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Pronunciation of Just As Well: Learn how to pronounce Just As Well in English correctly

Learn how to say Just As Well correctly in English with this tutorial pronunciation video.

Oxford dictionary definition of the word just:

adjective
based on or behaving according to what is morally right and fair:
a just and democratic society
fighting for a just cause
(of treatment) deserved or appropriate in the circumstances:
we all get our just deserts
(of an opinion or appraisal) well founded; justifiable:
these simplistic approaches have been the subject of just criticism
adverb
1exactly:
that’s just what I need
you’re a human being, just like everyone else
exactly or almost exactly at this or that moment:
she’s just coming
we were just finishing breakfast
2very recently; in the immediate past:
I’ve just seen the local paper
3barely; by a little:
inflation fell to just over 4 per cent
I only just caught the train
4simply; only; no more than:
just a bad day in the office
they were just interested in making money
really; absolutely (used for emphasis):
they’re just great
used as a polite formula for giving permission or making a request:
just help yourselves
[with modal] possibly (used to indicate a slight chance of something happening or being true):
it might just help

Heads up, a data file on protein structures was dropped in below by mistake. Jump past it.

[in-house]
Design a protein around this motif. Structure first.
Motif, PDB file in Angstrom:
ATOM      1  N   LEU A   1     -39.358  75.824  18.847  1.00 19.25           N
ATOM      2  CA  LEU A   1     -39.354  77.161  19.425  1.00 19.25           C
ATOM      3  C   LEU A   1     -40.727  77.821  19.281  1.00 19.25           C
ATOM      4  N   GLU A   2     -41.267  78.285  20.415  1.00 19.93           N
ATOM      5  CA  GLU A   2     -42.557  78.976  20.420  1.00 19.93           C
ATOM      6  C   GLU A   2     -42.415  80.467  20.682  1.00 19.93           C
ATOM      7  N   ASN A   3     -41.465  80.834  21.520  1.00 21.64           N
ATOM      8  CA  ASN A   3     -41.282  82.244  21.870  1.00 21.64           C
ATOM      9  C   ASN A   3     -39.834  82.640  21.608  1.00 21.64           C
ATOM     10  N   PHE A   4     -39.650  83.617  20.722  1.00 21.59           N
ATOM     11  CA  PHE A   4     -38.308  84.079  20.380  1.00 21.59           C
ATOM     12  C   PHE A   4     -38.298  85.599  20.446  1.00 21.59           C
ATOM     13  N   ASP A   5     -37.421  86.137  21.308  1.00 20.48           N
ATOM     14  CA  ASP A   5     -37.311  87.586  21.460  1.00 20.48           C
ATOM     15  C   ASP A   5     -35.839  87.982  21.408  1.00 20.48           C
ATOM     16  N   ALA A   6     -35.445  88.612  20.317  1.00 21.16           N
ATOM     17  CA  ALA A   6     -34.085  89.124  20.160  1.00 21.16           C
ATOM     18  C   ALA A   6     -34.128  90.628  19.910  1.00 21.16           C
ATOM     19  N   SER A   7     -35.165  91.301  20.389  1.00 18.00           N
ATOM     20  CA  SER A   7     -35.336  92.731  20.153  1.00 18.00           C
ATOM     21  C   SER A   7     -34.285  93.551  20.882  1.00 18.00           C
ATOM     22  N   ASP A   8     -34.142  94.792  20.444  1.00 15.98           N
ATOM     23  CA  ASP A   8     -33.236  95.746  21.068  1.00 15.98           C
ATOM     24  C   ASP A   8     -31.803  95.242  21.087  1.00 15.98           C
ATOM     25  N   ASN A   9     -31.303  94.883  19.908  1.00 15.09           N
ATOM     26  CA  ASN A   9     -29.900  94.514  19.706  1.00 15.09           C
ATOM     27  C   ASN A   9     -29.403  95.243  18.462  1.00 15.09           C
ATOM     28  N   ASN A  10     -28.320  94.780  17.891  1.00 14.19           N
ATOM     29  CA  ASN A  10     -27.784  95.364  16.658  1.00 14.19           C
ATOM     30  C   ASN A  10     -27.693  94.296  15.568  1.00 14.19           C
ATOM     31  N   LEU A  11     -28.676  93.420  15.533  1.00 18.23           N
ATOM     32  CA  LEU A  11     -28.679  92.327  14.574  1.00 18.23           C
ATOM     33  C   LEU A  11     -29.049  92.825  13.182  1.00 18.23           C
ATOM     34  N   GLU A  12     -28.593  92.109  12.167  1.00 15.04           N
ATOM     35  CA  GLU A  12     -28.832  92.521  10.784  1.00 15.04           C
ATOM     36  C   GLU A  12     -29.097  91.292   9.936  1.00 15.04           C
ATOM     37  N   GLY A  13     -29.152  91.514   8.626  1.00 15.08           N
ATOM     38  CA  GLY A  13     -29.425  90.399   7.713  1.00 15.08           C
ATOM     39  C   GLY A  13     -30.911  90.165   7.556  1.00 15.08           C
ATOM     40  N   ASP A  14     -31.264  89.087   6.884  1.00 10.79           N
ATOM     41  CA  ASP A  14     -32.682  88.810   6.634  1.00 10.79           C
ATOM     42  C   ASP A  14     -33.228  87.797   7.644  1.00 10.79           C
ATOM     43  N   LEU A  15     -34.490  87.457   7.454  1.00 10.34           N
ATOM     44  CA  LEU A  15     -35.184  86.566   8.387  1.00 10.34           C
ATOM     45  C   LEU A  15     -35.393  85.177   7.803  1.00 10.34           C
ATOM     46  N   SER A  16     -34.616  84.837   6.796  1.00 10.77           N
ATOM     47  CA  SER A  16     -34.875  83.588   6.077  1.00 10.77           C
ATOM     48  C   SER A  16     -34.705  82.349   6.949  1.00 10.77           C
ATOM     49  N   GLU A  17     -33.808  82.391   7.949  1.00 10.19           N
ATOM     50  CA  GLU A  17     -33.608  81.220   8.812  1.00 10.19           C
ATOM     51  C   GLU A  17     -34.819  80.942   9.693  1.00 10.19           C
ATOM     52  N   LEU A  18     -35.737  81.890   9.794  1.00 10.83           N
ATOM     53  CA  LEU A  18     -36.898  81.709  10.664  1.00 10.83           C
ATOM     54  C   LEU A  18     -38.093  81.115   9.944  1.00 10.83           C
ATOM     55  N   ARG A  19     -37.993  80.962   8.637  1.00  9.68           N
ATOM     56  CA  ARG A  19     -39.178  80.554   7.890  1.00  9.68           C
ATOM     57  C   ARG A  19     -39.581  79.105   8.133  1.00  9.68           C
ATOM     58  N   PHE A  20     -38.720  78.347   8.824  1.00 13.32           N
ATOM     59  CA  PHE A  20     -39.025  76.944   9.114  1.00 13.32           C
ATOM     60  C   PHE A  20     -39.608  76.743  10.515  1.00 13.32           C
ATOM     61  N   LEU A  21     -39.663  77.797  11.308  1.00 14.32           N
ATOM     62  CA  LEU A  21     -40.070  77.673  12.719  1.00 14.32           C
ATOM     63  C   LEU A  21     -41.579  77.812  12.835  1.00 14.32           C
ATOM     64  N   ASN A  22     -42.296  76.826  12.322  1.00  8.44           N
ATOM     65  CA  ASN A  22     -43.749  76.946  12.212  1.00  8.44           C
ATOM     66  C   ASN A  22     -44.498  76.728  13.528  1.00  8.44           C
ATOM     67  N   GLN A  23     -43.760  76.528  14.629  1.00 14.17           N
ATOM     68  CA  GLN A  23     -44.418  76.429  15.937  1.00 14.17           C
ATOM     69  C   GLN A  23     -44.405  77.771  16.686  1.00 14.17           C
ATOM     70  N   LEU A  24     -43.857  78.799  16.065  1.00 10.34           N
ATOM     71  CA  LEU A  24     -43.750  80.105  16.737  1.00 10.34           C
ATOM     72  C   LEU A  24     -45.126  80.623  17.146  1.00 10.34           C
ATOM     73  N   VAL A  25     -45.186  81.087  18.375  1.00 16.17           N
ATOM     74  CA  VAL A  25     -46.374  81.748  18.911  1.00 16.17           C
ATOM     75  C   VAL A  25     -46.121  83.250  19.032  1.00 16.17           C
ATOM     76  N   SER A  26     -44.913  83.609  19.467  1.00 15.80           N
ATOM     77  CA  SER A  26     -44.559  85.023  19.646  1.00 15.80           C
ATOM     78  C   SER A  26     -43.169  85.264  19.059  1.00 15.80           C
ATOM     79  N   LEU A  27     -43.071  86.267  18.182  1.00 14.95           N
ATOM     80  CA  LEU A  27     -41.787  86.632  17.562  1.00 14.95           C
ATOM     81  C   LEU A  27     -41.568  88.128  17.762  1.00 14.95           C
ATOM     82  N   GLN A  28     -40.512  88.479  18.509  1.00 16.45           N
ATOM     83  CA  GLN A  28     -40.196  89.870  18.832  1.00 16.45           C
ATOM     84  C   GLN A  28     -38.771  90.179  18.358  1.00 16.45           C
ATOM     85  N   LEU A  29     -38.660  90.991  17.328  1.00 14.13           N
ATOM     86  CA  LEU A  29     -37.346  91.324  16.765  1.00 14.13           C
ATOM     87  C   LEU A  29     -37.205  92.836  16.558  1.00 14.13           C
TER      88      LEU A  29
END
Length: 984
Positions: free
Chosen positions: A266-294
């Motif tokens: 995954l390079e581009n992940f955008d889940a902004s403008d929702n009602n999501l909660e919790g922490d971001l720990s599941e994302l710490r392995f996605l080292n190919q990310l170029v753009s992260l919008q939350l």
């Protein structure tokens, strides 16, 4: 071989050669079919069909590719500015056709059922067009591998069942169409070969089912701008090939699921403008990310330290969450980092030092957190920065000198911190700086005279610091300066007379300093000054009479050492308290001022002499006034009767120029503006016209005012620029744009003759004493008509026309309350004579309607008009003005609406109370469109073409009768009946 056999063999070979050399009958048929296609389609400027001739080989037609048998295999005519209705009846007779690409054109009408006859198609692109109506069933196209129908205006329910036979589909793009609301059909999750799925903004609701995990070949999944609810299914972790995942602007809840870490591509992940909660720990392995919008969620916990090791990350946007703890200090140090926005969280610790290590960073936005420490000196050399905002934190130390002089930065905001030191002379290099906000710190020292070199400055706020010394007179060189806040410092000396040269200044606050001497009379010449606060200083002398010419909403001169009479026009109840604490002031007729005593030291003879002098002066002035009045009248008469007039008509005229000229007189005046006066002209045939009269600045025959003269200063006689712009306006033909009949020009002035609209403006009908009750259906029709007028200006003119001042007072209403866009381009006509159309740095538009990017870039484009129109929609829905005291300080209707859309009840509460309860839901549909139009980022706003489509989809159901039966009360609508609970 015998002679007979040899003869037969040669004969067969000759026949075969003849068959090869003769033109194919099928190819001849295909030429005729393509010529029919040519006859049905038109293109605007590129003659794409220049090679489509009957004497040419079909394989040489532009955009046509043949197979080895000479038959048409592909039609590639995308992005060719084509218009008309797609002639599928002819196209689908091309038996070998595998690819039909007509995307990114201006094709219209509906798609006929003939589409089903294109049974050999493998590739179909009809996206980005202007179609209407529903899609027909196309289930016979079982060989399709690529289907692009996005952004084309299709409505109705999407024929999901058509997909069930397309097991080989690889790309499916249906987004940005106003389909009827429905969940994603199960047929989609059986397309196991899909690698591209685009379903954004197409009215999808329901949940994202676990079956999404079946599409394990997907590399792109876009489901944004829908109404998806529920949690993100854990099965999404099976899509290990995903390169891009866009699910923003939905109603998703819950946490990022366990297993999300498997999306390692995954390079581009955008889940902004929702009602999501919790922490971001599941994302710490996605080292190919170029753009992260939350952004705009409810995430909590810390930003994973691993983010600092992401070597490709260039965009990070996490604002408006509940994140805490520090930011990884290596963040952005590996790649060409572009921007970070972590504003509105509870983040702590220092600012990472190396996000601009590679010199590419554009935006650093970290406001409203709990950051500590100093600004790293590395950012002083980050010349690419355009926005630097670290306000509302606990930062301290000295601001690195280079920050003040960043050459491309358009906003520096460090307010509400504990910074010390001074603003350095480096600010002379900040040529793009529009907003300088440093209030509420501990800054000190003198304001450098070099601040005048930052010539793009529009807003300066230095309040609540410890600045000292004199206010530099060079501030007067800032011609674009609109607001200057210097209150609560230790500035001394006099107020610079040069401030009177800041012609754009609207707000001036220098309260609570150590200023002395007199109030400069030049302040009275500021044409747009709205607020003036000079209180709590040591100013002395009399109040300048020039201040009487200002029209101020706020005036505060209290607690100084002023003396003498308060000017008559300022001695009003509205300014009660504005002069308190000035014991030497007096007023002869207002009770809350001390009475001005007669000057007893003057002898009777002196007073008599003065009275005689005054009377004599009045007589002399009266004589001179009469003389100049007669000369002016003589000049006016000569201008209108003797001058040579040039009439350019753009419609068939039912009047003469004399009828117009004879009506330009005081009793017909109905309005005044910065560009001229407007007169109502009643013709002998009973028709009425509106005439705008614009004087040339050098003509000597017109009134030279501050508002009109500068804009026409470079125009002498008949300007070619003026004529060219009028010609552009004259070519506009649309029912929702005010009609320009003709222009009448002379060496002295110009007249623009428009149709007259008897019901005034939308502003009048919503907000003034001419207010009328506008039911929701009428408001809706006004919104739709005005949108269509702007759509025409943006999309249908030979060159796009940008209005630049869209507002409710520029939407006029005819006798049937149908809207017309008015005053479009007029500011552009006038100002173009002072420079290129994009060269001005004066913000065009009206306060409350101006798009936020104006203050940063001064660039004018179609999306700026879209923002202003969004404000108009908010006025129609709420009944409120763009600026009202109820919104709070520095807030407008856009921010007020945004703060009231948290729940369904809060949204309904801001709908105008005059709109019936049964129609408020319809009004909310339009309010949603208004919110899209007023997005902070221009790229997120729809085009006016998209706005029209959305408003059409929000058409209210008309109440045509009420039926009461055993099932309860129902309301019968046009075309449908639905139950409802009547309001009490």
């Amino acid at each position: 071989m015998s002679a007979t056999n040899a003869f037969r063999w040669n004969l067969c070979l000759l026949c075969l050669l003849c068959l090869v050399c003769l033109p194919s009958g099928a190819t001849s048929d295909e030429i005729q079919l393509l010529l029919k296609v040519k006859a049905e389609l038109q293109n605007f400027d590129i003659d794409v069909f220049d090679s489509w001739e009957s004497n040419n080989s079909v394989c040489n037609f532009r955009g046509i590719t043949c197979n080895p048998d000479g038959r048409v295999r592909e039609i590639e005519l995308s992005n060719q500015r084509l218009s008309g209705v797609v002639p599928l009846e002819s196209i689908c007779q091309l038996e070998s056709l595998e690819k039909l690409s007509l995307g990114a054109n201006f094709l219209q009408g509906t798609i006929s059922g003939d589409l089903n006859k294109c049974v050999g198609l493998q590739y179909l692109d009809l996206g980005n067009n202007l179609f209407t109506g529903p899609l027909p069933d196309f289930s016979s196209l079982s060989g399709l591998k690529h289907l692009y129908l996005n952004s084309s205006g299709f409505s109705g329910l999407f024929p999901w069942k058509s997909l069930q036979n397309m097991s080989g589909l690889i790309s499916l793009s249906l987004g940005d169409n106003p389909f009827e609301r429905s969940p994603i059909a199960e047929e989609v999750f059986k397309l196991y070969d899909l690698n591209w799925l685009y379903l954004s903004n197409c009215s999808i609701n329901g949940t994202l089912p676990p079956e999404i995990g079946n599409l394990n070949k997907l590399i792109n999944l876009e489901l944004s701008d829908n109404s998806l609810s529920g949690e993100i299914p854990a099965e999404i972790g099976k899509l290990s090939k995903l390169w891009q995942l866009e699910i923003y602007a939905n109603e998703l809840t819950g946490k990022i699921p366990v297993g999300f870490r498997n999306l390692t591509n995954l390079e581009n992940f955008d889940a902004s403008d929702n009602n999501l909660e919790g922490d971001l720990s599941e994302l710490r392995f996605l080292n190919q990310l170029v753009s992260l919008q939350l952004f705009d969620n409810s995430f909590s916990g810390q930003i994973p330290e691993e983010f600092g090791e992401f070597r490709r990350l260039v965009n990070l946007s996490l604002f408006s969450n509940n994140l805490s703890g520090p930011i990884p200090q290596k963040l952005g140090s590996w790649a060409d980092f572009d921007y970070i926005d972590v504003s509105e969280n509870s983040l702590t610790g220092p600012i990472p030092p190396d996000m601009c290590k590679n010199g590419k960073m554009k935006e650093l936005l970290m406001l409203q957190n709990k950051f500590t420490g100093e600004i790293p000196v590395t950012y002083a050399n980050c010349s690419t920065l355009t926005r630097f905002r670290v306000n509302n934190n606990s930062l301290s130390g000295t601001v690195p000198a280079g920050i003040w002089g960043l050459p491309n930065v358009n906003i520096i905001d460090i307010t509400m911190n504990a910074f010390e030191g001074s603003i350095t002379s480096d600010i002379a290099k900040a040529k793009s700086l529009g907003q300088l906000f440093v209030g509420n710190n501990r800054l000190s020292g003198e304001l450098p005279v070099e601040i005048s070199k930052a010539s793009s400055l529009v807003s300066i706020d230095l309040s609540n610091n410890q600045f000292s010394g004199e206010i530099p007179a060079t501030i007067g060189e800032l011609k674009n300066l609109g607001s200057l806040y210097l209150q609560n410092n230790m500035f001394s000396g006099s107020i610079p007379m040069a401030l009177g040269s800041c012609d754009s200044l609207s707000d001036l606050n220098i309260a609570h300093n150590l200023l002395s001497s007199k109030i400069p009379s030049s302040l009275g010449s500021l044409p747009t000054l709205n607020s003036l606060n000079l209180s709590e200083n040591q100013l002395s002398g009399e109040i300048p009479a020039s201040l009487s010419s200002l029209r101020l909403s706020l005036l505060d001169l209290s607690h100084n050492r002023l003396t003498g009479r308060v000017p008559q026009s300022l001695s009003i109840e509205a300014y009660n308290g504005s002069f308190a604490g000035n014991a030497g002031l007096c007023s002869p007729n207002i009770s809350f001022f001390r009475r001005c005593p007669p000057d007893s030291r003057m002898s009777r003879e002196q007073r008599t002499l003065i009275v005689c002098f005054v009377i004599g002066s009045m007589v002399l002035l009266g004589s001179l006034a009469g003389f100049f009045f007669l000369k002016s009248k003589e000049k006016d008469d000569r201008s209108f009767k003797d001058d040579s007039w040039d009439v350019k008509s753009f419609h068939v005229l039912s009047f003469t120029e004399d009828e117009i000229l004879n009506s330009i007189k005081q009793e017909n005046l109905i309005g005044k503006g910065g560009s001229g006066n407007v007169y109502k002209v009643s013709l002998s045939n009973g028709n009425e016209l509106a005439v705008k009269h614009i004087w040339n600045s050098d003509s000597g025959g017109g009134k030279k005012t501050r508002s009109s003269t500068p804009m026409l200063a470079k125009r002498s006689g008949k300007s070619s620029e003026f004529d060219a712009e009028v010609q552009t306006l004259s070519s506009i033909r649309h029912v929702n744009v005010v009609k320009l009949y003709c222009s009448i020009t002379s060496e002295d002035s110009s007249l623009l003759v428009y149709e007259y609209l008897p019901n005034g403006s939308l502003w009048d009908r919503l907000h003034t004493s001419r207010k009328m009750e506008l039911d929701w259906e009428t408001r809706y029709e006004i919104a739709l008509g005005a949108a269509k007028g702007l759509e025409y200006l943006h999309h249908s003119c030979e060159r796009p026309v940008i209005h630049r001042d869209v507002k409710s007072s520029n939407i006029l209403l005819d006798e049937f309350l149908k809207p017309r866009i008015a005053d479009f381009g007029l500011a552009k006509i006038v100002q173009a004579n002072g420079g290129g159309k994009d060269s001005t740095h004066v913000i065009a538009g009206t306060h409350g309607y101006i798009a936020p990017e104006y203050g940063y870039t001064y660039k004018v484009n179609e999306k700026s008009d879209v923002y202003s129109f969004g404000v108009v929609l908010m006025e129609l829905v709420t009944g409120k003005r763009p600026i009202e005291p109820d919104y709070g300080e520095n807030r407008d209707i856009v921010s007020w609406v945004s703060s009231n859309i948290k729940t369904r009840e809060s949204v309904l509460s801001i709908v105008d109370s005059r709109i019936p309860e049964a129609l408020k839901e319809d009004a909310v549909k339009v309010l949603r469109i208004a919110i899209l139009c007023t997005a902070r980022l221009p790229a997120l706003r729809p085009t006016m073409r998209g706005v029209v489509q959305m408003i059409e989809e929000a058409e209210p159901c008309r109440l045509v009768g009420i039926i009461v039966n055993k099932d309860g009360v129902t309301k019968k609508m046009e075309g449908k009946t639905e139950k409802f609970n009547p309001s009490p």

5expressing agreement:
‘Simon really messed things up.’ ‘Didn’t he just?’
Phrases

just about
informal almost exactly; nearly:
he can do just about anything
just as well
a good or fortunate thing:
it was just as well I didn’t know at the time
just in case
see case1.
just a minute (or moment, or second, etc.)
used to ask someone to wait or pause for a short time:
just a minute—my friend’s left something behind
used to interrupt someone, especially in protest or disagreement:
‘They know what to do.’ ‘Now just a moment!’ the American interrupted
just now
1at this moment:
it’s pretty hectic just now
2a little time ago:
she was talking to me just now
3South African in a little while; very soon:
I’ll come just now but I want breakfast first
just on
(with reference to time and numbers) exactly:
it was just on midnight
just so
1arranged or done very neatly and carefully:
polishing the furniture and making everything just so
2 formal used to express agreement:
‘And to limit the hours,’ Jasper added. ‘Just so.’
Derivatives

justness
noun
Origin:

late Middle English: via Old French from Latin justus, from jus ‘law, right’